Good to Know When You Start & Stop
The pro’s and con’s of deciding to live life differently, focusing on a cycling life.
This post focuses on when coming to a halt after long-term cycling. In my case I wanted it to come to a stop, and when yours will end whether willingly or not, you must know that some things will not be the same anymore. You and your outlook may have changed drastically.
I’m not talking about anything shorter than, let’s say, a couple of years cycling the world -as a once in a lifetime happening- but all that qualifies for a full immersed life on the road where you keep your credit card usage to a minimum, where you live according the seasons and be as basic as a cycling life can go.
This post has 4 separate chapters
1) Aim what is the purpose of it all?
2) Attractor what attention can do to you
3) Maintenance living a simple lifestyle is not less work
4) Danger the world is not what it often is said to be
10. At least for me, I came to see in what sort of society I am coming from, rooted in western tradition. Although individualism is probably an impossible nut to crack, I came to see that it is all far from ‘normal’. We often claim that our way of living or our manners (open-mindedness) are superior to other cultures. We say we are not back-warded, not narrow-minded, not wrong, not discriminating, while in fact we should think -truly investigate- whether this is so. Long term travel will make you see, by stepping out of society as we know it, that the West has gone far, far overboard. With about everything. Simply because we believe what is taught in schools. We believe television. We take truth in what most people repeat. Politicians say things and do things which are not normal. They shape our decision making and ultimately our actions.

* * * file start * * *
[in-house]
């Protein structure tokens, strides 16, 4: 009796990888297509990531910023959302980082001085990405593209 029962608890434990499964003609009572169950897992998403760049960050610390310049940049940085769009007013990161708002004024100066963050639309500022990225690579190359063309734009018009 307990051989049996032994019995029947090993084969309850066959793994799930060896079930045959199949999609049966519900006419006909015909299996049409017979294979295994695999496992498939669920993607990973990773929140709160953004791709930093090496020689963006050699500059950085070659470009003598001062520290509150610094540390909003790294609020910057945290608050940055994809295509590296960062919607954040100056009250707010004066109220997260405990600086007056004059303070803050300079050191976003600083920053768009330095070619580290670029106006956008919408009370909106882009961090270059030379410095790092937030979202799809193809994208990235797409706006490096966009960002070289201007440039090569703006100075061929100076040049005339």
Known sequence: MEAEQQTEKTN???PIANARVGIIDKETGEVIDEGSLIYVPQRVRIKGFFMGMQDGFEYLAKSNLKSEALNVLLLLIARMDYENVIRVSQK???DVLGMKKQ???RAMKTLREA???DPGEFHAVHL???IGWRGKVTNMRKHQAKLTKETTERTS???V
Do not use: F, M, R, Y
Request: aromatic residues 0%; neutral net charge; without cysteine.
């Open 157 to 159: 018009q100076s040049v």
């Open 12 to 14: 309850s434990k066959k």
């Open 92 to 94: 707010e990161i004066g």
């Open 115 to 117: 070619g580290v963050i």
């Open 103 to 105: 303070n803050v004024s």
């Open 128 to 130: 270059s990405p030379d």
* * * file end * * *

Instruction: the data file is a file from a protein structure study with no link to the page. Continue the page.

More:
It comes down, neither to be a positive nor negative happening in long term travel, but rather a searching one. One where you might not fit any longer in the place you come from. While this can be liberating, it surely is another difficult nut to crack!
But perhaps the liberating fact lies in casting out media, not being able to understand languages not your own? By switching off the stream coming you, selecting what you like to see and hear, you automatically do away with with a lot of input you can do without. Do we need long-term travel to gain this knowledge? It surely helps.
11. Cycling or traveling is not environmentally friendly. The best way, the most conscious, the lowest impact, the highest supportive is to stay where you happen to be born. As a cyclist I can usually only buy crappy items and they are often the leading brands as those are the strongest on the market, pushing all others away. Those brands are also the most destructive in terms of polluting the earth. My food often exist of tins, cartons and packages. Cycling also makes you aware that many places on earth are whipped off the surface only to host cows. Its really very much about humans only; to feed them and make them buy more.
Whether you take an airplane or not, use fuel or not, burn plastic or not, in the long run, however you travel, it is not environmentally friendly in my opinion.
12. Blogging is nice. A way to pour out your creativity, your story and the need for sharing. A very basic human need is to share our experiences. But it makes your ego a bit fatty. It’s always about you: what you did and what you did not do, how you liked it or not, your points of view and in my case, many selfies. It looks as if I am super proud of myself. So remember, what you do is not that special, you are just fiddling on life’s playground. A blog is a lot of work and the photo’s may seem lovely, and I do love it all, it occupies a lot of my waking hours. Creativity only pays off when you áre creative and love to do write and be busy with photography, even when no one reads your blog, nor when you get paid for it.